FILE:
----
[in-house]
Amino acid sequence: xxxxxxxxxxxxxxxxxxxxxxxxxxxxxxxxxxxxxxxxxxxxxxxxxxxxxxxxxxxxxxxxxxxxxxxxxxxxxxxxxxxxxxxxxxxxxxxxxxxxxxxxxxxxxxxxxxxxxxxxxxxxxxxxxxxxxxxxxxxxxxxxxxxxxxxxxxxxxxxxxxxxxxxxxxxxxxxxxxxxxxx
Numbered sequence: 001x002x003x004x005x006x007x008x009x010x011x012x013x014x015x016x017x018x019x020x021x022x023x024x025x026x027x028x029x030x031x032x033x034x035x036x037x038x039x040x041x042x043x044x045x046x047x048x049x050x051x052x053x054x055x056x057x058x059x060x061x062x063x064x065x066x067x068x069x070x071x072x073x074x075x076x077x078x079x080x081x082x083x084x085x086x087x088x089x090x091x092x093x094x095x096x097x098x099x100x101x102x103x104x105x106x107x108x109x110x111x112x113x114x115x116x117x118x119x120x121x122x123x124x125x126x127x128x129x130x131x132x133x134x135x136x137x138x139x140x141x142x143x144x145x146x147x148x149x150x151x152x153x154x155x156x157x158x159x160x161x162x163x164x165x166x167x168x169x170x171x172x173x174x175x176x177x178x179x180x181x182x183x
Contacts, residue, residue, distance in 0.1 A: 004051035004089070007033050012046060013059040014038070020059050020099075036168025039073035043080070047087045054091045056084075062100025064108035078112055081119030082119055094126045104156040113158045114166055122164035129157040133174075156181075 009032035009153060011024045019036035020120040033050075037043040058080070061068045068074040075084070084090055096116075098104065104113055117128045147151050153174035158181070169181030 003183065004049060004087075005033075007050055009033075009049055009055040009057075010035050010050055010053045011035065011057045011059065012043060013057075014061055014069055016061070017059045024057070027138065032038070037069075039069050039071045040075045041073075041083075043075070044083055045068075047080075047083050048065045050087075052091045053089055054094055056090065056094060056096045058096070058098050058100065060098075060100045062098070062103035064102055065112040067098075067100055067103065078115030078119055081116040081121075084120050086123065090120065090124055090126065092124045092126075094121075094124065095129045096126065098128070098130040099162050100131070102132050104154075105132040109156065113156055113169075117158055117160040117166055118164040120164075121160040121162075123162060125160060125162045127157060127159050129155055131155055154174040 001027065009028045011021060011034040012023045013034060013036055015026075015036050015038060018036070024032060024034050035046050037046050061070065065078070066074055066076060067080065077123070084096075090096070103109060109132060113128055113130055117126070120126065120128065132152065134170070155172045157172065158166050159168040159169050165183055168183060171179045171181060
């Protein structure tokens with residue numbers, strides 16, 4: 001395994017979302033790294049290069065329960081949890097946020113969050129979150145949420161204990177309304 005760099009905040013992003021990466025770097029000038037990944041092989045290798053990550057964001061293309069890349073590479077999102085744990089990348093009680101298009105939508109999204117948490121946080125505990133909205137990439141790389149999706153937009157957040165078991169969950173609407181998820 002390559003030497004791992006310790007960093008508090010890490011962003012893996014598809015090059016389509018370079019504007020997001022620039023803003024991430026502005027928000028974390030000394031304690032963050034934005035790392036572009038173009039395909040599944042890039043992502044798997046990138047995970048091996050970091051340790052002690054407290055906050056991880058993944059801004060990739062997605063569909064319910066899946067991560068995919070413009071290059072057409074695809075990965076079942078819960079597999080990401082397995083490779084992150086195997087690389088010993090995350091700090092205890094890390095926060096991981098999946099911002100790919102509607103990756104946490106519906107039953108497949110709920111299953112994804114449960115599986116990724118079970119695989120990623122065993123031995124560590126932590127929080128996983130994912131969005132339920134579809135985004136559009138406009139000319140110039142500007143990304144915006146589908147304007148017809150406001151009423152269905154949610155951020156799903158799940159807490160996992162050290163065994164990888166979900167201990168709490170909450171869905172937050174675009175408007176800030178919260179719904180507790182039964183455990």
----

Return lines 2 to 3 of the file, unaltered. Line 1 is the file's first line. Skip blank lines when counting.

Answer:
Amino acid sequence: xxxxxxxxxxxxxxxxxxxxxxxxxxxxxxxxxxxxxxxxxxxxxxxxxxxxxxxxxxxxxxxxxxxxxxxxxxxxxxxxxxxxxxxxxxxxxxxxxxxxxxxxxxxxxxxxxxxxxxxxxxxxxxxxxxxxxxxxxxxxxxxxxxxxxxxxxxxxxxxxxxxxxxxxxxxxxxxxxxxxxxx
Numbered sequence: 001x002x003x004x005x006x007x008x009x010x011x012x013x014x015x016x017x018x019x020x021x022x023x024x025x026x027x028x029x030x031x032x033x034x035x036x037x038x039x040x041x042x043x044x045x046x047x048x049x050x051x052x053x054x055x056x057x058x059x060x061x062x063x064x065x066x067x068x069x070x071x072x073x074x075x076x077x078x079x080x081x082x083x084x085x086x087x088x089x090x091x092x093x094x095x096x097x098x099x100x101x102x103x104x105x106x107x108x109x110x111x112x113x114x115x116x117x118x119x120x121x122x123x124x125x126x127x128x129x130x131x132x133x134x135x136x137x138x139x140x141x142x143x144x145x146x147x148x149x150x151x152x153x154x155x156x157x158x159x160x161x162x163x164x165x166x167x168x169x170x171x172x173x174x175x176x177x178x179x180x181x182x183x